Tagged: Crash of 2008
As the Senate is poised this week to vote on the House-passed compromise bill reforming the financial regulatory system, Law Professor Tamar Frankel, an authority on securities law and author of “Trust and Honesty: America’s Business Culture at a Crossroad,” speculates about the future of derivatives trading once the reform act is enacted. More important than regulating the trading of derivatives, the instruments that helped bring down the financial system in 2008, Frankel feels that citizens should turn away from the “medicine men” (and women) who created the risky bets.
“Unless the geniuses who created the enormously risky ‘risk reducers’ and those who sold them take part of what they sell, and never again bet against what they have created and sold, we will continue to have the enlightened age of a sophisticated financial system — unemployment, enormous national debt, and the death of the middle class that used to be America’s backbone.”
Contact Tamar Frankely, 617-353-3773, firstname.lastname@example.org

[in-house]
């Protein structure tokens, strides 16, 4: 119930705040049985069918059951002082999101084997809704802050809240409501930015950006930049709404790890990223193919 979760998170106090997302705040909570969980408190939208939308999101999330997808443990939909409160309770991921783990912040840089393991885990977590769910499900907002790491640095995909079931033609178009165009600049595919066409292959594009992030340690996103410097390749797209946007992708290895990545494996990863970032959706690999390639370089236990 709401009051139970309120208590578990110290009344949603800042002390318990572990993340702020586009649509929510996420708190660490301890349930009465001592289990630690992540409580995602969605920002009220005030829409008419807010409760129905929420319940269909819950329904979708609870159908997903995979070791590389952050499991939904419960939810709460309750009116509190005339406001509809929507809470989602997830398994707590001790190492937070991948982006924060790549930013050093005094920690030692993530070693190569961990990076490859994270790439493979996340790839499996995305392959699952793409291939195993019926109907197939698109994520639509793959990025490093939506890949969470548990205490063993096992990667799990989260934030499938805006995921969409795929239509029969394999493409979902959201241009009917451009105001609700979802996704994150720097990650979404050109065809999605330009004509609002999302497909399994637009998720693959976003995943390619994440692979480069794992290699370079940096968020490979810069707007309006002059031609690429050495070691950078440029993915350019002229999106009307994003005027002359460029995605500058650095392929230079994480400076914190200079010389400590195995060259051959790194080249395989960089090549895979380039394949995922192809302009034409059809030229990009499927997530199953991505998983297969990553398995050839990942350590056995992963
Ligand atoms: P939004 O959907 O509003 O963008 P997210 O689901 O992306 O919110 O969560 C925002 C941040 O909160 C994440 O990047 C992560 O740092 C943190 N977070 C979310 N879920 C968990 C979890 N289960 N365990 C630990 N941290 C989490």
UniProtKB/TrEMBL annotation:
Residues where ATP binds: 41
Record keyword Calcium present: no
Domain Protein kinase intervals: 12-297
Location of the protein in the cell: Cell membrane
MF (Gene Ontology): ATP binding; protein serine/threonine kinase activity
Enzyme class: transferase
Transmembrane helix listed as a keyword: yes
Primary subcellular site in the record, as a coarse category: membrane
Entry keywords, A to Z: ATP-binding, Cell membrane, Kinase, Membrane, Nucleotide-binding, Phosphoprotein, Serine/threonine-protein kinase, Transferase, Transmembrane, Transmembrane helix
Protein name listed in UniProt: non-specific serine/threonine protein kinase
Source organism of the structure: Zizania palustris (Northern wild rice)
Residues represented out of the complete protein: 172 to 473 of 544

House and Senate conferees finally worked out a compromise bill aimed at reshaping financial regulations to avoid another Crash of ’08, with a final vote set for next week and President Obama expected to sign it by July 4th. As expected: many winners and losers. One controversial provision gives the SEC authority to require stockbrokers to protect their clients’ interest when recommending investments, potentially subjecting brokers to the same fiduciary duty as financial advisers. Law Professor Tamar Frankel, author of “Trust and Honesty: America’s Business Culture at a Crossroad” and authority on securities law, says it’s about time.
“It offers a chance and a challenge for the SEC to become the leader that it used to be from the 1940s until about 1980. It is a chance to bring about a far more reliable financial system and to refocus on productivity rather than betting.”
Contact Tamar Frankel, 617-353-3773, email@example.com